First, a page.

If you like your barbecue with a side of red, white and blue, I’ve got just the place for you.
When we arrived at Mission BBQ one Sunday afternoon to pick up an order, it didn’t feel like we were in Madison anymore.
Parked nearby in the lot was a large military truck repurposed as a Mission BBQ landmark seen prominently from East Washington Avenue, just east of East Towne Mall. “That’s a formidable truck they have,” my companion said.
As we pulled up to one of three parking stalls designated for carryout, the song “Proud to be an American” was being piped outside.
From reconnaissance I did on mission-bbq.com and by emailing the chain’s media rep, I learned that Bill Kraus and Steve Newton opened the first location in Glen Burnie, Maryland, on Sept. 11, 2011, in honor of “military, police, firefighters, and first responders.”
“Ten years after our world changed forever, in some small way we wanted to change it back,” the men write on Mission’s website.
Mission has 96 locations in 16 states. The Madison location, the third in Wisconsin, opened Aug. 24. There are also locations in Kenosha and Brookfield and another is scheduled to open next month in West Allis.
The owners also write online that there’s nothing more American than BBQ. I’d like to note that there’s nothing more important to barbecue than BBQ sauce, and the main downside of our order from Mission was that they didn’t include any.
When I talked later to manager Al Riley, he said that when customers pick up orders, they’re offered one of seven barbecue sauces made in-house. He said he was sorry to hear we weren’t asked.
Mission BBQ is such a big company, I figured it would have an online ordering system. It doesn’t, but the employee who took my order by phone was knowledgeable and helpful.
Everything on the tight menu is set up a la carte, which makes it seem cheaper. On the plus side, return customers can order bigger quantities of what they like. Sides come in three sizes: serving, pint and quart.
We were asked if we wanted our brisket moist or lean, and were tempted to say, “both.” What came in our two-meat combo ($10.69 + $4.75 for two sides and a fountain drink) was three strips of meat with the fat cut off. It wasn’t exactly dry, but of all of the meat we ordered, it could have benefitted most from barbecue sauce.
Three slices of turkey — which the menu describes as “sliced, lean & mean” — was the weakest part of the meal in my mind, although my dining partner said he’d be happy to have it stand in for Thanksgiving dinner.
Both the pulled pork and pulled chicken didn’t need sauce because they had plenty of flavor. My favorite item was the jalapeno and cheese sausage, which was cut lengthwise into four pieces. It was juicy and had just the right kick.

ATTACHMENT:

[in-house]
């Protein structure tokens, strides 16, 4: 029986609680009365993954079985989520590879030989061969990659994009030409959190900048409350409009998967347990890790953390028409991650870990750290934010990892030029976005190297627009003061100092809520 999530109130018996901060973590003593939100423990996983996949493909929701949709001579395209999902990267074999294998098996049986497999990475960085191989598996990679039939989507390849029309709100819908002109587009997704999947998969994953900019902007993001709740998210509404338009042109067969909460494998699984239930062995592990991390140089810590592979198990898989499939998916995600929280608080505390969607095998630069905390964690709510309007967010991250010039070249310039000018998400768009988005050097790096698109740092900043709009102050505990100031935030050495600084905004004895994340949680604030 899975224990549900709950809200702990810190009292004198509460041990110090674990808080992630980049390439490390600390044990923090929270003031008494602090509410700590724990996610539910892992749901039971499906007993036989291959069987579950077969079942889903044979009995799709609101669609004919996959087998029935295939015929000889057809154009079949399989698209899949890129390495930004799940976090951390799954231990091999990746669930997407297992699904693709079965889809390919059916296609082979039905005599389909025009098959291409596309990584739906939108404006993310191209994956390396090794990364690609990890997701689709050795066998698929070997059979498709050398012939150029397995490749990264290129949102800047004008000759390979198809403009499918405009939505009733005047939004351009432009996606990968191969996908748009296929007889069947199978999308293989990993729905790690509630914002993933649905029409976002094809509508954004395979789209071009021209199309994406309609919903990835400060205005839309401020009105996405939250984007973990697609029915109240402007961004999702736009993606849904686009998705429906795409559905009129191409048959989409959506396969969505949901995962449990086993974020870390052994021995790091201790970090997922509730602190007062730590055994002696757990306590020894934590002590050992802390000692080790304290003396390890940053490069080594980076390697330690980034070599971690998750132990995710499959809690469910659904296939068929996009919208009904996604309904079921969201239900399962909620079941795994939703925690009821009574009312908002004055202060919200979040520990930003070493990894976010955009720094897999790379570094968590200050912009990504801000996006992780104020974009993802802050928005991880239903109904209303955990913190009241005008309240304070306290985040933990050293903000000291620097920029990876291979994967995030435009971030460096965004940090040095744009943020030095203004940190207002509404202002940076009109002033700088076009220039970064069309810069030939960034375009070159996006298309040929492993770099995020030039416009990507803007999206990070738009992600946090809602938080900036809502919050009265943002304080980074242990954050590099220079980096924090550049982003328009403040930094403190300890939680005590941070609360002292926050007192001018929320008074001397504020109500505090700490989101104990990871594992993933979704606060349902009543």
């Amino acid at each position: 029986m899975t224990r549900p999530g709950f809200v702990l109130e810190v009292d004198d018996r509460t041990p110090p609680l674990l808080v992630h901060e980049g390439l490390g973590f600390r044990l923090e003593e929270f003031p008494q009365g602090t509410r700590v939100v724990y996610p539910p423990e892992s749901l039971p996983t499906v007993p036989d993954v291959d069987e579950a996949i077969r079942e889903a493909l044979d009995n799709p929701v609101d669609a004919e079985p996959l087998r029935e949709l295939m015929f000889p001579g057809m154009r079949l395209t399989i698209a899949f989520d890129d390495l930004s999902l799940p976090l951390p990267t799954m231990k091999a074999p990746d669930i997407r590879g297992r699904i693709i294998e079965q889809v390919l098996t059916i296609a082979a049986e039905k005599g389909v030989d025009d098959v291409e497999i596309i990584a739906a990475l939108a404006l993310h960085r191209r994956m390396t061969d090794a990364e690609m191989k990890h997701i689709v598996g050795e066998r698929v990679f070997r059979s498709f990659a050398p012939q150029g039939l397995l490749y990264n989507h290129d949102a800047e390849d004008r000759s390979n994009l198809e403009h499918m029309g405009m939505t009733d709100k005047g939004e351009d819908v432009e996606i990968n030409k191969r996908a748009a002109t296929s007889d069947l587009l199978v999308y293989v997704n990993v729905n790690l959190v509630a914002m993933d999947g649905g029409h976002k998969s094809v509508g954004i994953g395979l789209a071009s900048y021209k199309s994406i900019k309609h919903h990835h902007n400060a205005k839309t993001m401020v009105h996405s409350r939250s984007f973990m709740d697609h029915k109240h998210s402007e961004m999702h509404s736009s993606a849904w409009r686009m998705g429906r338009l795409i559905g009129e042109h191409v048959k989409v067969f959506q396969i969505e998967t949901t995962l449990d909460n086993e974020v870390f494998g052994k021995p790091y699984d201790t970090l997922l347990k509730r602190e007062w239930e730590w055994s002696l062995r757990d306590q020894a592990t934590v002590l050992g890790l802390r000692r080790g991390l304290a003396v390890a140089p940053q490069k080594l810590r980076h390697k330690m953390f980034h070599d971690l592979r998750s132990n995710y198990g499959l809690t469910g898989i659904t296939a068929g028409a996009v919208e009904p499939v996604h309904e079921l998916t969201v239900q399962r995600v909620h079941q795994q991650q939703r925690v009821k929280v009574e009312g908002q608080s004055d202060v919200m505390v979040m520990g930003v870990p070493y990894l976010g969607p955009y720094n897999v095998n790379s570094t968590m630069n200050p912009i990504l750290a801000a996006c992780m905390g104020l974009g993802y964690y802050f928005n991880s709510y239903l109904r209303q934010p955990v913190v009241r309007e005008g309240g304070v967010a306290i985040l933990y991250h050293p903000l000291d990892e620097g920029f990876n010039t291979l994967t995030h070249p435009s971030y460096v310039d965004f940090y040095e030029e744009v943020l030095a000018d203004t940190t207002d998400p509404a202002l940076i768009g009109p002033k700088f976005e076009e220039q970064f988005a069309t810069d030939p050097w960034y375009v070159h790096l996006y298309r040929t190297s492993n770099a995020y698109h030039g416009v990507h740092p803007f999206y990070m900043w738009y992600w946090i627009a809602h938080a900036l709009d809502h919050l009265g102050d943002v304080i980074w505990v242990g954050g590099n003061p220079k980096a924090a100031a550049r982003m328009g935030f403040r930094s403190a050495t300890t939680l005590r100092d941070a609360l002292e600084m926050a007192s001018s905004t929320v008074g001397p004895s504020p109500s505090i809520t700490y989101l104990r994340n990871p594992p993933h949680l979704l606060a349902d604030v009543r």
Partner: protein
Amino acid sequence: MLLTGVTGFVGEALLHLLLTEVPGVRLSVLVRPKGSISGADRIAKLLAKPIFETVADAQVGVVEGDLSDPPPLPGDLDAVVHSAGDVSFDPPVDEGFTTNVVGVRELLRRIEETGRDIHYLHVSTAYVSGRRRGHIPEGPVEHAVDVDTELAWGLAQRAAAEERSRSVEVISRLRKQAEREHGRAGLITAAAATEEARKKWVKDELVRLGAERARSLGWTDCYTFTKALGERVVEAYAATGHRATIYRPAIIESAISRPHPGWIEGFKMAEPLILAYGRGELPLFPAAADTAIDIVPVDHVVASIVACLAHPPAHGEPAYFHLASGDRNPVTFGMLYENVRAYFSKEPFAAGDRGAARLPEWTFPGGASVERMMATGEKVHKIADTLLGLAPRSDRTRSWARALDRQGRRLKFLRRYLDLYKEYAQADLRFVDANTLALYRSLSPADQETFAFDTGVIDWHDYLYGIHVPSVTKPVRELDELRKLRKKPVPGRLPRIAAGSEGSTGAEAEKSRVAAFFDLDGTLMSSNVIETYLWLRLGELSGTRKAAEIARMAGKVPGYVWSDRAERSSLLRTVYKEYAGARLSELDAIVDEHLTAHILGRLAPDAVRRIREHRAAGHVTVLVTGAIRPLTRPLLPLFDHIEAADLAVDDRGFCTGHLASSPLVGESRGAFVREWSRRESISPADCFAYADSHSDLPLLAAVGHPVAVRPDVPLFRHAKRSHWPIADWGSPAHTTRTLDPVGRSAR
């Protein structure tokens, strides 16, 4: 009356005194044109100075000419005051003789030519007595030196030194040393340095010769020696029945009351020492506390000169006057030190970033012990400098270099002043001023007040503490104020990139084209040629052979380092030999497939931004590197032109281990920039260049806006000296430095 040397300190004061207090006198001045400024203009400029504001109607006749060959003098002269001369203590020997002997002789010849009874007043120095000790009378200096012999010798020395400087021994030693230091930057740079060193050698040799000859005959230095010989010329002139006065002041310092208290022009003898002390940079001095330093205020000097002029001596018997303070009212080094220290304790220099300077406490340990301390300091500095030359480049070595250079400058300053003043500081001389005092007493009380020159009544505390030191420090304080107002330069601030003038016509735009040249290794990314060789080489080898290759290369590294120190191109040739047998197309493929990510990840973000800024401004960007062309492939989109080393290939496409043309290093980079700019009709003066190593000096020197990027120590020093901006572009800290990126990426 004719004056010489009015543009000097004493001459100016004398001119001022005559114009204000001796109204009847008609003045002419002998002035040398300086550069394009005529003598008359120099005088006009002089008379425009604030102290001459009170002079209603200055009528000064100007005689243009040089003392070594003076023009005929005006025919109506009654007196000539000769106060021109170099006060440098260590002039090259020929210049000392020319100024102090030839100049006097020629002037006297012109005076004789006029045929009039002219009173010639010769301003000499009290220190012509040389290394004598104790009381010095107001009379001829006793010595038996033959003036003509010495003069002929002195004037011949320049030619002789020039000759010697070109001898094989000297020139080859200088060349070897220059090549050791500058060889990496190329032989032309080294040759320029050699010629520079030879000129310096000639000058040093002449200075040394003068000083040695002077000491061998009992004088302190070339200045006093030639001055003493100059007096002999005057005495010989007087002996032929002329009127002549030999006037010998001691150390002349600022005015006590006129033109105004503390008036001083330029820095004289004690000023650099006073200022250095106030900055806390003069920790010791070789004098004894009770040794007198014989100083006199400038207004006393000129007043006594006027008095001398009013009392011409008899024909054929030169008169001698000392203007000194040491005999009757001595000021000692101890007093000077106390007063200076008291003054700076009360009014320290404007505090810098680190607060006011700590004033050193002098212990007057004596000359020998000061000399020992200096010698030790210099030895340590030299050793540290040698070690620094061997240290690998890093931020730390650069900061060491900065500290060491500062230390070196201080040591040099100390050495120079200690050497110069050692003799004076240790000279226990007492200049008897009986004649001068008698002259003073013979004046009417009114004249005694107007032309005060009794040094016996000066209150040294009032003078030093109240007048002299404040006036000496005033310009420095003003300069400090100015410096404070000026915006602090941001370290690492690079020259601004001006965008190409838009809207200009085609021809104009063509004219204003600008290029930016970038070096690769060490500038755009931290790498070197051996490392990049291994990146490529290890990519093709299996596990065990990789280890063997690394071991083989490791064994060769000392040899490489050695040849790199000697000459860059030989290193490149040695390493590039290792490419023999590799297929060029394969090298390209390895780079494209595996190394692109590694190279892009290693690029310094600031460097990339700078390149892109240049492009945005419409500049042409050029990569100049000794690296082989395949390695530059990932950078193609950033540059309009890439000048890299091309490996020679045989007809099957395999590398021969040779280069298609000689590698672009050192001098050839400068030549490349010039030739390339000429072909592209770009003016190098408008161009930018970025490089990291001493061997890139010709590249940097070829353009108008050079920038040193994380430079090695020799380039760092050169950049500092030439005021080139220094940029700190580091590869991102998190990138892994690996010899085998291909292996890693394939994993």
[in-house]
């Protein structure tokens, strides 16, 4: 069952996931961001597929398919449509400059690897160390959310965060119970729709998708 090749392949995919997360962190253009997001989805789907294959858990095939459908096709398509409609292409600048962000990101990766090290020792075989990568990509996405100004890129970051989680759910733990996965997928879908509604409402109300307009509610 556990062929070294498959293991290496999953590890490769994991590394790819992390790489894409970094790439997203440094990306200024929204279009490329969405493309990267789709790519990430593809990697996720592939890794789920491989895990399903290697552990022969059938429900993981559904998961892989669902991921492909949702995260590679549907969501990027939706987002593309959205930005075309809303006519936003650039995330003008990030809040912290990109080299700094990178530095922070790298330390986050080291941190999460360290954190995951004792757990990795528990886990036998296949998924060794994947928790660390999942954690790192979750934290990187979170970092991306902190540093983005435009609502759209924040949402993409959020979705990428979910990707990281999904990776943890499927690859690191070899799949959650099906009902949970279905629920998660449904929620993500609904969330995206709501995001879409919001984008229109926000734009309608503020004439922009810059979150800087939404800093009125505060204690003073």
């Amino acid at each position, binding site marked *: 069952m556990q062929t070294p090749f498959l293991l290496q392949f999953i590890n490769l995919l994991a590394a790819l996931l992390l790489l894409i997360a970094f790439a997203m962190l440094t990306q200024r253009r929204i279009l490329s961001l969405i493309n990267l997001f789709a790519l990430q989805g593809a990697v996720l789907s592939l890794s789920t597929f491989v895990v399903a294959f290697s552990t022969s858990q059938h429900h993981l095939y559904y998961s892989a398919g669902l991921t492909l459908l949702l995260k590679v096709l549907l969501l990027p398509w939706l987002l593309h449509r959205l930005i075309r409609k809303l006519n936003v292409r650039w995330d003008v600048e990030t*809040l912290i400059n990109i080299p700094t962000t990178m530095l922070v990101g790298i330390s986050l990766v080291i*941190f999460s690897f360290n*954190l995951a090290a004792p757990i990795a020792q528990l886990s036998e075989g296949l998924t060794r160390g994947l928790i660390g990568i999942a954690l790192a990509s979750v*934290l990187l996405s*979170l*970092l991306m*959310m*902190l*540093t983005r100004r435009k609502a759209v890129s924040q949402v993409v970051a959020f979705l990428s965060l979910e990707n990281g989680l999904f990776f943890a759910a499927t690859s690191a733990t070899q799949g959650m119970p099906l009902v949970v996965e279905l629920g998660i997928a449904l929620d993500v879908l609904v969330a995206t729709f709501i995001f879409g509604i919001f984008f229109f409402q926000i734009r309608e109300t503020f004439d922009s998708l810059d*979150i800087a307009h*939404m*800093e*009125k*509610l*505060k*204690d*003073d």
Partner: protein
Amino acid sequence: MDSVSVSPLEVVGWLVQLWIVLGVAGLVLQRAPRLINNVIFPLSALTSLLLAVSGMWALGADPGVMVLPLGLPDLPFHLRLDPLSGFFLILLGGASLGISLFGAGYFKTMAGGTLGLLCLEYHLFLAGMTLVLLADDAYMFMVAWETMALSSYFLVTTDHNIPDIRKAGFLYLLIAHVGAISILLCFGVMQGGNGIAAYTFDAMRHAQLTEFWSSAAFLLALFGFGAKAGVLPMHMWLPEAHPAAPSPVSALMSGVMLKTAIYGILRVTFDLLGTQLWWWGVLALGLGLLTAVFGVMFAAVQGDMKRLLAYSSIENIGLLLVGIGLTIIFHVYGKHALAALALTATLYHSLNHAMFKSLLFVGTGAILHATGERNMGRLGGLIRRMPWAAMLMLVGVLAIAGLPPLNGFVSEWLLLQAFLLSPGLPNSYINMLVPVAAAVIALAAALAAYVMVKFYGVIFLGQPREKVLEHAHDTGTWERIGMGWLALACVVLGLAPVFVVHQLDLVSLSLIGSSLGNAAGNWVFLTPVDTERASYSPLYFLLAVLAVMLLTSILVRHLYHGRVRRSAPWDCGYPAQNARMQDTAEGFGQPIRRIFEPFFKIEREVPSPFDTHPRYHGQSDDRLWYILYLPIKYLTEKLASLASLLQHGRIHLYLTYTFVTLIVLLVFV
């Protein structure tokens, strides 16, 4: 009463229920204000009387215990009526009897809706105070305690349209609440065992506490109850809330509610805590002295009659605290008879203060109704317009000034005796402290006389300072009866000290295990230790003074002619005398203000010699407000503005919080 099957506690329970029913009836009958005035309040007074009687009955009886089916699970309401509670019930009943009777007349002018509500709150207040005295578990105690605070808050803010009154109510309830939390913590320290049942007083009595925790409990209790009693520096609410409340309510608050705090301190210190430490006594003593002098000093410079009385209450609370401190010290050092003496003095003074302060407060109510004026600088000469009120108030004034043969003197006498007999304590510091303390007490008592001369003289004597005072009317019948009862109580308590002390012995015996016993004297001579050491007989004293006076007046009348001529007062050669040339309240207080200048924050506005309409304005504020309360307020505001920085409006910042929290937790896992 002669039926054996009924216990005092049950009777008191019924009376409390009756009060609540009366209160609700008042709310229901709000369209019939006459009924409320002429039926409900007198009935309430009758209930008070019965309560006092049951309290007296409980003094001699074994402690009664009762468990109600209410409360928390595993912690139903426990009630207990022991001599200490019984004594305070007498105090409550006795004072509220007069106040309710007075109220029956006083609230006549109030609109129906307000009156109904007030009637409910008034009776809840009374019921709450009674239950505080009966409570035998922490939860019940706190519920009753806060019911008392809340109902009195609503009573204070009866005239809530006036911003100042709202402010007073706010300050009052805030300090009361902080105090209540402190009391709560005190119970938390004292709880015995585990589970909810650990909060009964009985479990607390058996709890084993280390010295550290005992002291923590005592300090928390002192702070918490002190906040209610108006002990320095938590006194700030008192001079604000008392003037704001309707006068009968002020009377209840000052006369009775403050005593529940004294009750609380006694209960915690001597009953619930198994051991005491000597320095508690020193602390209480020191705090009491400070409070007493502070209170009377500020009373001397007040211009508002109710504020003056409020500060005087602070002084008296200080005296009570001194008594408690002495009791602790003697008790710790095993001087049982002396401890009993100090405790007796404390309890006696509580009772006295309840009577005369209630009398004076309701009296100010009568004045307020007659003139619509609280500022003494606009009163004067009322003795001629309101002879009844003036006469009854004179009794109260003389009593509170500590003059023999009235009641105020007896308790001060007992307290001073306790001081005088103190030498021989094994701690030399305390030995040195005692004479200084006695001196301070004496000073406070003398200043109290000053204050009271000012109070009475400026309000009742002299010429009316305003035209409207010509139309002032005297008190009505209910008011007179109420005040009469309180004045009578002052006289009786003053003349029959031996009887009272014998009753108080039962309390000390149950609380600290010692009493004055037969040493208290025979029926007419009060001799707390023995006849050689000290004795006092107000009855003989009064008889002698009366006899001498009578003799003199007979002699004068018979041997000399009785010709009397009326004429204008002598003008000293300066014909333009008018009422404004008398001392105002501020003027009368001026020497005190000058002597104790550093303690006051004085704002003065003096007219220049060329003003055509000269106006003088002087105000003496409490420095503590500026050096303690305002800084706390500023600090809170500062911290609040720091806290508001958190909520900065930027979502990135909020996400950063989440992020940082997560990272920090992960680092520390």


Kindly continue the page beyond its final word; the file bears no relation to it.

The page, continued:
The three-meat sampler ($16.04) lets you try more items, but if I went back, I’d get a full order of the sausage and order the ribs, which are offered per bone, or in 5-bone and 10-bone sizes.
The sides were all worthwhile, particularly the baked beans, which had small pieces of brisket, but could’ve used more. My companion said he ordinarily doesn’t eat baked beans, but he liked these because of the barbecue sauce flavor that was missing from the rest of the meal.
He went crazy for the mac and cheese, which he described as “very cheesy,” but seemed ordinary to me. Better was the finely grated coleslaw with its thin dressing.
We also disagreed on the cornbread that was included with both meat orders. My companion complained about it being dry, but I appreciated its touch of sweetness and the few small kernels of corn.
Two a la carte sides were decent: green beans ($2.29) with small pieces of bacon in a light broth; and potato salad ($2.44) featuring well-cooked, tender potatoes in a tangy mayonnaise and vinegar dressing.
A “kettle brewed” sweet iced tea (part of the combo, but regularly $2.09) was fine, but not special.
I gave my credit card over the phone, but the young man who took my order and also brought the food to my car, said the credit card didn’t go through and asked if I could step inside.
Without me asking, he quickly offered to run it in. He came back with my receipt, and I noticed when I got home that because he didn’t ask me to sign anything, I wasn’t able to add a tip. I called later to see if he could run a tip by credit card over the phone and was told not only was that not possible, but Mission’s credit card system isn’t set up to take tips.
Even those who dine in can’t leave a tip on a credit card, the woman I talked to said, adding that some customers leave cash on the table.
Another thing you should know about dining inside is that Mission plays the national anthem in all locations every day at noon. “It is the best 2 minutes of our day,” said Linda Dotterer, who handles publicity for the company.
And if you remember to ask for barbecue sauce, patriot or not, takeout from Mission BBQ might be the best part of your day.
Read restaurant news at go.madison.com/restaurantnews.
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